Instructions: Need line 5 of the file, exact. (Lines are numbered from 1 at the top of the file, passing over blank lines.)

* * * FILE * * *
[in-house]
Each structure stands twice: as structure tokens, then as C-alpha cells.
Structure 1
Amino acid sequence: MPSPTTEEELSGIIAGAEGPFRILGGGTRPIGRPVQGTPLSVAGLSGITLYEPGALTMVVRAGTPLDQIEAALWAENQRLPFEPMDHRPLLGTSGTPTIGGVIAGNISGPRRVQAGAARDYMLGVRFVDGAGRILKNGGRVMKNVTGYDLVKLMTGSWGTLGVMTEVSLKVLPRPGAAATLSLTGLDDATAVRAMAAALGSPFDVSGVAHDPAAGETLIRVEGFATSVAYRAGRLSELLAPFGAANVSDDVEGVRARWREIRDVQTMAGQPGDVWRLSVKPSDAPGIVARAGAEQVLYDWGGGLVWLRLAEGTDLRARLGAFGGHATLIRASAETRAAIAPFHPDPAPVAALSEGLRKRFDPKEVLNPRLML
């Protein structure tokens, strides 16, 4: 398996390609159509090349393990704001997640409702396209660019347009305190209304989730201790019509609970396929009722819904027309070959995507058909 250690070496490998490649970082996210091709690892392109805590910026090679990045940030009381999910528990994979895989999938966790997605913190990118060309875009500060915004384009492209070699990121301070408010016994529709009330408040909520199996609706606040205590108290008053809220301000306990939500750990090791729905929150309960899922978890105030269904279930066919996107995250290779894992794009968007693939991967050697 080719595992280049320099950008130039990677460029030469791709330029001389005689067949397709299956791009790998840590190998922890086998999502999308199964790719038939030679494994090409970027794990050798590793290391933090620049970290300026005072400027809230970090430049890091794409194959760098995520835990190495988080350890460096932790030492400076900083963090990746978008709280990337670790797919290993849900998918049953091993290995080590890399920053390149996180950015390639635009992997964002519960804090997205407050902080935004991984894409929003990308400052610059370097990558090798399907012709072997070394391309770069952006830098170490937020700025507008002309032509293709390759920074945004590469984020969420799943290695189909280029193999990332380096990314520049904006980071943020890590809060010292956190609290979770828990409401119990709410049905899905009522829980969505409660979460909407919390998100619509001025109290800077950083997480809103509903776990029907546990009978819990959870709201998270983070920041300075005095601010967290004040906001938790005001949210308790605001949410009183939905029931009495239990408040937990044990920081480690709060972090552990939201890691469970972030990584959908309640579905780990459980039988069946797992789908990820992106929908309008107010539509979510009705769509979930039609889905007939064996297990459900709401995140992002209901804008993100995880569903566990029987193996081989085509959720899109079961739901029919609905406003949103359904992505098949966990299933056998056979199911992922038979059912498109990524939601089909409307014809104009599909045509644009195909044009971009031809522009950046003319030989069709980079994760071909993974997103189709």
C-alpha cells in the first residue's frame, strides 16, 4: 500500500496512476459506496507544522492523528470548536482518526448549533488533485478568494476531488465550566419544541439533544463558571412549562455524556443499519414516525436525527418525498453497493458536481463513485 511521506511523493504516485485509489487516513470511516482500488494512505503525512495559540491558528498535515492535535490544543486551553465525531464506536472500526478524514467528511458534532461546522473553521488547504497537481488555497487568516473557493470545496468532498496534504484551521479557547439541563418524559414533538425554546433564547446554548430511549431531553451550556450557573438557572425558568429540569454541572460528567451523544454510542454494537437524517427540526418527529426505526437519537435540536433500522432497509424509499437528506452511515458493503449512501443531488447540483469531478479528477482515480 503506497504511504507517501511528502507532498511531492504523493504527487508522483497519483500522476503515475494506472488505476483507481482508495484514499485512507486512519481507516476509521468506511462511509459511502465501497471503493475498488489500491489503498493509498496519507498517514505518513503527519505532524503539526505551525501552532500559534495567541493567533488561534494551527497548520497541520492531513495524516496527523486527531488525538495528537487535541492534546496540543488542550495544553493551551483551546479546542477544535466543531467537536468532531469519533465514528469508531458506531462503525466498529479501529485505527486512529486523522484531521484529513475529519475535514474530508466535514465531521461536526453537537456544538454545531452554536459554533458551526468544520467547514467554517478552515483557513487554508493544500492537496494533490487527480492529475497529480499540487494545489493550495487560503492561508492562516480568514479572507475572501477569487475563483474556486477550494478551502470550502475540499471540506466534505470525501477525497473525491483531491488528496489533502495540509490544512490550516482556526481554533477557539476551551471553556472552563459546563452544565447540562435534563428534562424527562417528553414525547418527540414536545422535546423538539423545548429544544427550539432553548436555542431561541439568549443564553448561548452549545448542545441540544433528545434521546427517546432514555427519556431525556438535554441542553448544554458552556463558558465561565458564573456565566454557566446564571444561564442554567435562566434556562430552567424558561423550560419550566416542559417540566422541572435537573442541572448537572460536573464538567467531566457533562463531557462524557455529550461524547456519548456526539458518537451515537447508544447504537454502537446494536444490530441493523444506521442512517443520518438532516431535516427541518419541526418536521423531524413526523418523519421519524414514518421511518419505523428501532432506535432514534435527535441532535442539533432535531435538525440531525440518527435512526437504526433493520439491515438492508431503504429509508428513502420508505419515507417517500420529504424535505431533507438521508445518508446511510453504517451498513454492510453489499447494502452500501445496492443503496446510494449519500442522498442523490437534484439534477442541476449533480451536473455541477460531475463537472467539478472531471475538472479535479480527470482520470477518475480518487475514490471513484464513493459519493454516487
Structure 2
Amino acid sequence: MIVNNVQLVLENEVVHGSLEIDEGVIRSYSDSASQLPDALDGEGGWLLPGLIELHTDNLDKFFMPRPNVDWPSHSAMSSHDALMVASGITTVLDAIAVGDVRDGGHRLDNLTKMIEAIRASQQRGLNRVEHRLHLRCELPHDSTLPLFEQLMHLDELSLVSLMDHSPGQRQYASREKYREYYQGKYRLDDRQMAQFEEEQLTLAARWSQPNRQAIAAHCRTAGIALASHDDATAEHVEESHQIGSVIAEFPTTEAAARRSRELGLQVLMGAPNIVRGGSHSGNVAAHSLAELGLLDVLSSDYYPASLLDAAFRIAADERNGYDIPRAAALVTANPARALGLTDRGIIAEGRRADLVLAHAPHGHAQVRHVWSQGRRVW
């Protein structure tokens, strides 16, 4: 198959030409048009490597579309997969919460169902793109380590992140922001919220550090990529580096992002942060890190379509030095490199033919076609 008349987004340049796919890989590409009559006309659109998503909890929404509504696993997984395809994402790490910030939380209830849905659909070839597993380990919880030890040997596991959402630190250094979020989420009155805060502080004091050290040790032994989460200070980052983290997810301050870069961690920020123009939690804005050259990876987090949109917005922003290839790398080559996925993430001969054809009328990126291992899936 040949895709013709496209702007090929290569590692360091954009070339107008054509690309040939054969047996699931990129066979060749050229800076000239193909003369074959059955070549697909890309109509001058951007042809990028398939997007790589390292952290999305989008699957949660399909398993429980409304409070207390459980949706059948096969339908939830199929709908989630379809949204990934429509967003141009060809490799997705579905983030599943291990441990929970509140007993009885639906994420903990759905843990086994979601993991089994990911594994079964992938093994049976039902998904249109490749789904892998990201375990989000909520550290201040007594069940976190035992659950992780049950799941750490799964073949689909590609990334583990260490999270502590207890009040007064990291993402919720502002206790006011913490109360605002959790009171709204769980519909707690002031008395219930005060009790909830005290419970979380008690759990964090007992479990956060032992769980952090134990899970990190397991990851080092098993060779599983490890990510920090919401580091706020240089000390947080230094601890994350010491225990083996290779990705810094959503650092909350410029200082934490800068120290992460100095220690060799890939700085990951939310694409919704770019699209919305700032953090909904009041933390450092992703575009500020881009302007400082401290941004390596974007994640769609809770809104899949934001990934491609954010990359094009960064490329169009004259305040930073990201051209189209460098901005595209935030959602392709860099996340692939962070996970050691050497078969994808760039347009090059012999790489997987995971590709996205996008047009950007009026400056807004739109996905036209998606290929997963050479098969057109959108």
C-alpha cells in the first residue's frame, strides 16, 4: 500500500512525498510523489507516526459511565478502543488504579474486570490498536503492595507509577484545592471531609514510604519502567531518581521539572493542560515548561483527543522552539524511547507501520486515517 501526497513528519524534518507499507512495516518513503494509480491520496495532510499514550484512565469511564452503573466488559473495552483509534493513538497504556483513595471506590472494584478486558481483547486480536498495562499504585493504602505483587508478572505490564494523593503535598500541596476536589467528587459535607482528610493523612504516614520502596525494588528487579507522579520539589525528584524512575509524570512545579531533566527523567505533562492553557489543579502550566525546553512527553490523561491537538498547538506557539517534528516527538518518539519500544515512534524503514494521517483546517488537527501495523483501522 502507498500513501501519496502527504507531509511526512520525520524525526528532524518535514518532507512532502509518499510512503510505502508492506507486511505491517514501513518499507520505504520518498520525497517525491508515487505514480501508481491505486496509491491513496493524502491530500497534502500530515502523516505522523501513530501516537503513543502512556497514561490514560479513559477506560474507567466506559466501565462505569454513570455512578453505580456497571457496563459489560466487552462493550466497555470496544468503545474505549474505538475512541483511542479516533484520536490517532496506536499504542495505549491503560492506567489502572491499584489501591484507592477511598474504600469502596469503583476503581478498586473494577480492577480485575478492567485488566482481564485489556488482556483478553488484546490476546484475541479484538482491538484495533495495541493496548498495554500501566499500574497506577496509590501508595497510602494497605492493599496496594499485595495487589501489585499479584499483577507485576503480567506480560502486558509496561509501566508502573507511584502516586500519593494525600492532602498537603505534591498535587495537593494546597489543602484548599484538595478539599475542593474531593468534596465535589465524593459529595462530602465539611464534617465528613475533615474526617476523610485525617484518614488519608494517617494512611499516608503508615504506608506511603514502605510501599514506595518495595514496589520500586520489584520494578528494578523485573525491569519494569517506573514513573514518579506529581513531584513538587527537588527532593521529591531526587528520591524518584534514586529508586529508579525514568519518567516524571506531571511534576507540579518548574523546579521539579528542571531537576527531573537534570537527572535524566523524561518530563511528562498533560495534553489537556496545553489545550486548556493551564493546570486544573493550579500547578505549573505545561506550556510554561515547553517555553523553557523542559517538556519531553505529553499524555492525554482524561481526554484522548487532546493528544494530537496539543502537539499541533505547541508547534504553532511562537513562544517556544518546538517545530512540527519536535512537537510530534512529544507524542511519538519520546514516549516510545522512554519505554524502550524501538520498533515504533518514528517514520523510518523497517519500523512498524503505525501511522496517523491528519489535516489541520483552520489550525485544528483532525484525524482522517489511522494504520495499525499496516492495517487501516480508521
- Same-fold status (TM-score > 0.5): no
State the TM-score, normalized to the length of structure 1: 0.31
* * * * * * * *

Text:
């Protein structure tokens, strides 16, 4: 398996390609159509090349393990704001997640409702396209660019347009305190209304989730201790019509609970396929009722819904027309070959995507058909 250690070496490998490649970082996210091709690892392109805590910026090679990045940030009381999910528990994979895989999938966790997605913190990118060309875009500060915004384009492209070699990121301070408010016994529709009330408040909520199996609706606040205590108290008053809220301000306990939500750990090791729905929150309960899922978890105030269904279930066919996107995250290779894992794009968007693939991967050697 080719595992280049320099950008130039990677460029030469791709330029001389005689067949397709299956791009790998840590190998922890086998999502999308199964790719038939030679494994090409970027794990050798590793290391933090620049970290300026005072400027809230970090430049890091794409194959760098995520835990190495988080350890460096932790030492400076900083963090990746978008709280990337670790797919290993849900998918049953091993290995080590890399920053390149996180950015390639635009992997964002519960804090997205407050902080935004991984894409929003990308400052610059370097990558090798399907012709072997070394391309770069952006830098170490937020700025507008002309032509293709390759920074945004590469984020969420799943290695189909280029193999990332380096990314520049904006980071943020890590809060010292956190609290979770828990409401119990709410049905899905009522829980969505409660979460909407919390998100619509001025109290800077950083997480809103509903776990029907546990009978819990959870709201998270983070920041300075005095601010967290004040906001938790005001949210308790605001949410009183939905029931009495239990408040937990044990920081480690709060972090552990939201890691469970972030990584959908309640579905780990459980039988069946797992789908990820992106929908309008107010539509979510009705769509979930039609889905007939064996297990459900709401995140992002209901804008993100995880569903566990029987193996081989085509959720899109079961739901029919609905406003949103359904992505098949966990299933056998056979199911992922038979059912498109990524939601089909409307014809104009599909045509644009195909044009971009031809522009950046003319030989069709980079994760071909993974997103189709």